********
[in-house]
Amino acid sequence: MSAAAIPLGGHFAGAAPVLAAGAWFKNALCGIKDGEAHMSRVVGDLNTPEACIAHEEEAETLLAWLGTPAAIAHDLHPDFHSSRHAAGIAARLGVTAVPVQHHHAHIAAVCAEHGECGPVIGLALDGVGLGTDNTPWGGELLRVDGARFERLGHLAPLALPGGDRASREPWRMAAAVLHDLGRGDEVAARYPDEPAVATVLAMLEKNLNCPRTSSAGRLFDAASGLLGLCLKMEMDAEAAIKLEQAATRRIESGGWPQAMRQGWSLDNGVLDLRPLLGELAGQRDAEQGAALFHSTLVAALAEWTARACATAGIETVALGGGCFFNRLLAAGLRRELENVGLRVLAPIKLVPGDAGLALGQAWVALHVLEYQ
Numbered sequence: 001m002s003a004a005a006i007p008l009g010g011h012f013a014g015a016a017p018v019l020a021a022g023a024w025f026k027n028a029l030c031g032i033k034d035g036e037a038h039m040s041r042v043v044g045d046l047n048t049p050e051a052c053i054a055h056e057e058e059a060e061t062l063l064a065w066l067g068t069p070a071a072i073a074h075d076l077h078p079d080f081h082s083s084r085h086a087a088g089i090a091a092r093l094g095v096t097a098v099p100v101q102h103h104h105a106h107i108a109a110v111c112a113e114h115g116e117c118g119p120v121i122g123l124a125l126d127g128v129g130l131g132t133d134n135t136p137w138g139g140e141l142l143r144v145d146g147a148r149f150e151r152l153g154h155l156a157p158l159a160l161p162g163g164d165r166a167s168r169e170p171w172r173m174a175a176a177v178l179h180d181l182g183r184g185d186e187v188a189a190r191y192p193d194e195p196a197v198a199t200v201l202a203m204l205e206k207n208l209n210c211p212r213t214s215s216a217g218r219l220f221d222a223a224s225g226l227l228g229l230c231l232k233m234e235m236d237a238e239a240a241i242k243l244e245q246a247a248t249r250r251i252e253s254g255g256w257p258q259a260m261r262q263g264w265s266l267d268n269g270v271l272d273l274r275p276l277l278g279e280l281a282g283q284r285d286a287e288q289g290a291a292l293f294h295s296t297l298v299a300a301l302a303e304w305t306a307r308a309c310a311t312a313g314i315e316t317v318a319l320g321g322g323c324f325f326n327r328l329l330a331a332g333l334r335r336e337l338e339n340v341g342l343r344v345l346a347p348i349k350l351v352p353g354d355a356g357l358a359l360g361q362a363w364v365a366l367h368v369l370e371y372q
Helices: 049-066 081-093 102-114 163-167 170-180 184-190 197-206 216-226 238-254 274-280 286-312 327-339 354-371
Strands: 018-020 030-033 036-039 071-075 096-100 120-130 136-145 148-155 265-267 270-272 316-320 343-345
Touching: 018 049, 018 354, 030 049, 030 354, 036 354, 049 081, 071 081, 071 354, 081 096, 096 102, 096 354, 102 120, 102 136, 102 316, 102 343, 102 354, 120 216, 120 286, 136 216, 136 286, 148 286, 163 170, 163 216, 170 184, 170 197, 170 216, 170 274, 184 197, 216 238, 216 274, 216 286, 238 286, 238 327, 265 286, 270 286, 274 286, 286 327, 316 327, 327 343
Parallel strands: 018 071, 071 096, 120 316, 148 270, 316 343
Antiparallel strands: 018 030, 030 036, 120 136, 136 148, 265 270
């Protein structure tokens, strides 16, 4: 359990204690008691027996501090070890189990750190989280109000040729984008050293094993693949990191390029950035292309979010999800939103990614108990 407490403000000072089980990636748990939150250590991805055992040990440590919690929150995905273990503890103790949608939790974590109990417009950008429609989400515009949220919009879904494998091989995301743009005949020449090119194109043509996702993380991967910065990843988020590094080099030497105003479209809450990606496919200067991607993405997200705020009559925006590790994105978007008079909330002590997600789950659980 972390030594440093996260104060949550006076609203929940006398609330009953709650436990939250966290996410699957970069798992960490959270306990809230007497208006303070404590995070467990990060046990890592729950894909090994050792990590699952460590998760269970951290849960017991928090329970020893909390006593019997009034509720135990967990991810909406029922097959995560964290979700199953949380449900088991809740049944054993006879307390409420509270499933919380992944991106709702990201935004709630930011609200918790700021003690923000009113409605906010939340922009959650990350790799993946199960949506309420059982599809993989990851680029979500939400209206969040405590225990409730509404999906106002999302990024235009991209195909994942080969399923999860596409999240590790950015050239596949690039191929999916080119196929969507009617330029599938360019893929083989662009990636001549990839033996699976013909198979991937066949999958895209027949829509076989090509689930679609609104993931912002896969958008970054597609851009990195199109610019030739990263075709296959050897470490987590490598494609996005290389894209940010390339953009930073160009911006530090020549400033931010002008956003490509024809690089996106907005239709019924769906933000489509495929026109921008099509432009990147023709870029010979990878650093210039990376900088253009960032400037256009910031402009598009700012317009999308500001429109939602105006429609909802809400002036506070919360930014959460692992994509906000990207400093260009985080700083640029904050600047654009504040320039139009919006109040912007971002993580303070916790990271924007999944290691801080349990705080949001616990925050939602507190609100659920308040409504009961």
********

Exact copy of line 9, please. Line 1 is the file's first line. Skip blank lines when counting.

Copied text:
């Protein structure tokens, strides 16, 4: 359990204690008691027996501090070890189990750190989280109000040729984008050293094993693949990191390029950035292309979010999800939103990614108990 407490403000000072089980990636748990939150250590991805055992040990440590919690929150995905273990503890103790949608939790974590109990417009950008429609989400515009949220919009879904494998091989995301743009005949020449090119194109043509996702993380991967910065990843988020590094080099030497105003479209809450990606496919200067991607993405997200705020009559925006590790994105978007008079909330002590997600789950659980 972390030594440093996260104060949550006076609203929940006398609330009953709650436990939250966290996410699957970069798992960490959270306990809230007497208006303070404590995070467990990060046990890592729950894909090994050792990590699952460590998760269970951290849960017991928090329970020893909390006593019997009034509720135990967990991810909406029922097959995560964290979700199953949380449900088991809740049944054993006879307390409420509270499933919380992944991106709702990201935004709630930011609200918790700021003690923000009113409605906010939340922009959650990350790799993946199960949506309420059982599809993989990851680029979500939400209206969040405590225990409730509404999906106002999302990024235009991209195909994942080969399923999860596409999240590790950015050239596949690039191929999916080119196929969507009617330029599938360019893929083989662009990636001549990839033996699976013909198979991937066949999958895209027949829509076989090509689930679609609104993931912002896969958008970054597609851009990195199109610019030739990263075709296959050897470490987590490598494609996005290389894209940010390339953009930073160009911006530090020549400033931010002008956003490509024809690089996106907005239709019924769906933000489509495929026109921008099509432009990147023709870029010979990878650093210039990376900088253009960032400037256009910031402009598009700012317009999308500001429109939602105006429609909802809400002036506070919360930014959460692992994509906000990207400093260009985080700083640029904050600047654009504040320039139009919006109040912007971002993580303070916790990271924007999944290691801080349990705080949001616990925050939602507190609100659920308040409504009961």